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nitre (saltpetre) Mineral, KNO3; sp. gr. 1.9–2.3; hardness 2; orthorhombic; white, grey, reddish-brown, or lemon-yellow; vitreous lustre; crystals acicular, usually forms granular crusts and uneven masses; occurs in very arid conditions where vegetation is very sparse, in association with evaporite minerals of the arid desert type (e.g. soda nitre, gypsum, halite, and occasionally iodates), and little precipitation is required to wash an encrustation of nitre into hollows where it forms saltierras or massive deposits. It is used as a fertilizer.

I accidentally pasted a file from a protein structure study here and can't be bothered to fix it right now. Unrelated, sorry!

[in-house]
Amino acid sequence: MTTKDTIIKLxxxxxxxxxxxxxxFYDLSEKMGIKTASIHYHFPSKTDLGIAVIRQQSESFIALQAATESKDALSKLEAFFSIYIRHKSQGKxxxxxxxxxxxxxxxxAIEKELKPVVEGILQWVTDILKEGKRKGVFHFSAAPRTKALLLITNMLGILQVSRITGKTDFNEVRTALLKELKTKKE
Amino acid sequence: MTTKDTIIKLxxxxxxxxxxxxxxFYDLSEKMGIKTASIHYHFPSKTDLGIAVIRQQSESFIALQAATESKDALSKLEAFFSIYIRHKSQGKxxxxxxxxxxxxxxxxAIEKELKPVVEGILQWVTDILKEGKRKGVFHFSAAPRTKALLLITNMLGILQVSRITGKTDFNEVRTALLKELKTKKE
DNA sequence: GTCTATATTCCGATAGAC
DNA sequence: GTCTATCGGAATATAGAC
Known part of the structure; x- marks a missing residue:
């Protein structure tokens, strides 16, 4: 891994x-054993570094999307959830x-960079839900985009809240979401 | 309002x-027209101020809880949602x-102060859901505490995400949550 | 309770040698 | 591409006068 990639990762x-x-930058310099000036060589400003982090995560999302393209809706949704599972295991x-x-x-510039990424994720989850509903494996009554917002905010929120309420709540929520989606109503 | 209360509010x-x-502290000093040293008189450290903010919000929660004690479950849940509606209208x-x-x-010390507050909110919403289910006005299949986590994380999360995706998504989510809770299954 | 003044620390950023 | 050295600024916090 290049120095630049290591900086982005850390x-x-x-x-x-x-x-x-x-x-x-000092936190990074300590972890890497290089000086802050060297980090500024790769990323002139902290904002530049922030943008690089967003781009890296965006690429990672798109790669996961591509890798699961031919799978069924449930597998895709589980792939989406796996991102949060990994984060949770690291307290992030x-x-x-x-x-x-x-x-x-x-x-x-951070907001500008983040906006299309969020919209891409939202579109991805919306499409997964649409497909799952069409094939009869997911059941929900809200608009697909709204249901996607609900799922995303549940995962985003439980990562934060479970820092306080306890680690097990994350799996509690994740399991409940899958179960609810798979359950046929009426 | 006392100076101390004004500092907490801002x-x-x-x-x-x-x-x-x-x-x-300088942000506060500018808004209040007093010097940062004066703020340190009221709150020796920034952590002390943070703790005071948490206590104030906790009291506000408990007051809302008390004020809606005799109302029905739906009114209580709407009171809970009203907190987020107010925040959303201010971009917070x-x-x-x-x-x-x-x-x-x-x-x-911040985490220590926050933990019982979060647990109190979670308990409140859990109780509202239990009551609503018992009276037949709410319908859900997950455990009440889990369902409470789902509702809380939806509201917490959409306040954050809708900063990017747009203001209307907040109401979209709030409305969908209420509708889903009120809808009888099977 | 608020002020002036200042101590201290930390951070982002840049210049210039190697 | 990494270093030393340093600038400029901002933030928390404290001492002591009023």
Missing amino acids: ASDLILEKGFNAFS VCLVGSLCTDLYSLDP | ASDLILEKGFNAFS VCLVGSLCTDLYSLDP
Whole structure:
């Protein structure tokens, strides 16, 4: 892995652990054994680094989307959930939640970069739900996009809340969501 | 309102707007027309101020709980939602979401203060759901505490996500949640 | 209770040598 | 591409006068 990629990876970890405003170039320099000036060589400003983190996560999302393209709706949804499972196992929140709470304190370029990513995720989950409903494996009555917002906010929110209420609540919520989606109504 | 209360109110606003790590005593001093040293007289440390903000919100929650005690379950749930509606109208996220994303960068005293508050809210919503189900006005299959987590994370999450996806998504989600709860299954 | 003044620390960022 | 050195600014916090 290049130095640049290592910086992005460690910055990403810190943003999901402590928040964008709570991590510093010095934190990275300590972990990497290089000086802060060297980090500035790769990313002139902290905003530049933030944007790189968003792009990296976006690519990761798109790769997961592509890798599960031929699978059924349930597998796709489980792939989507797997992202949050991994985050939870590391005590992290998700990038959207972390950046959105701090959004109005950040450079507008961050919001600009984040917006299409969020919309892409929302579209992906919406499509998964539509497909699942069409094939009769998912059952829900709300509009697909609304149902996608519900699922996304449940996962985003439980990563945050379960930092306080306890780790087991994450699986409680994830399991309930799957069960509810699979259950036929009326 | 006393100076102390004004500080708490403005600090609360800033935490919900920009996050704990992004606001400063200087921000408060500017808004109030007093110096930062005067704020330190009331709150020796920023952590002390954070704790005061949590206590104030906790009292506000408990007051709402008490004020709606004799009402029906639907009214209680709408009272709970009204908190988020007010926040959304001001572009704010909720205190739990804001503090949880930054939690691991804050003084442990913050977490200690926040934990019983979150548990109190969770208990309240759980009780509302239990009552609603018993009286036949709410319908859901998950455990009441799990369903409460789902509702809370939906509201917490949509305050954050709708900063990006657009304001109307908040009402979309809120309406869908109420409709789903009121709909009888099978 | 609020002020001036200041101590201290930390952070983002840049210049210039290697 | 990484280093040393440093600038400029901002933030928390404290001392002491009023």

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nitresodium carbonate, (now) saltpetre XIV; †supposed nitrous element in air or plants XVII. — (O)F. — L. nitrum — Gr. nitron, of Sem. or Egyptian orig. (cf. Heb. netr natron, Egyptian ntr); cf. NATRON. The comb. form is nitro-.
So nitric (-IC) applied to an acid produced by the treatment of nitrates with sulphuric acid. XVIII. — F. nitrique. nitrate (-ATE2) XVIII. — F. nitrous (-OUS) XVII. — L. nitrōsus; later — F. nitreux.

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nitre an early name for natron or saltpetre; used allusively with reference to natron employed as a cleansing agent, as in Jeremiah 22:2.

From the 17th century, nitre was also the name of a supposed volatile substance related to or present in saltpetre, formerly presumed to be present in the air and rain. It was used with reference to the use of saltpetre in gunpowder, or to the supposition that thunder and lightning were caused by nitre in the air.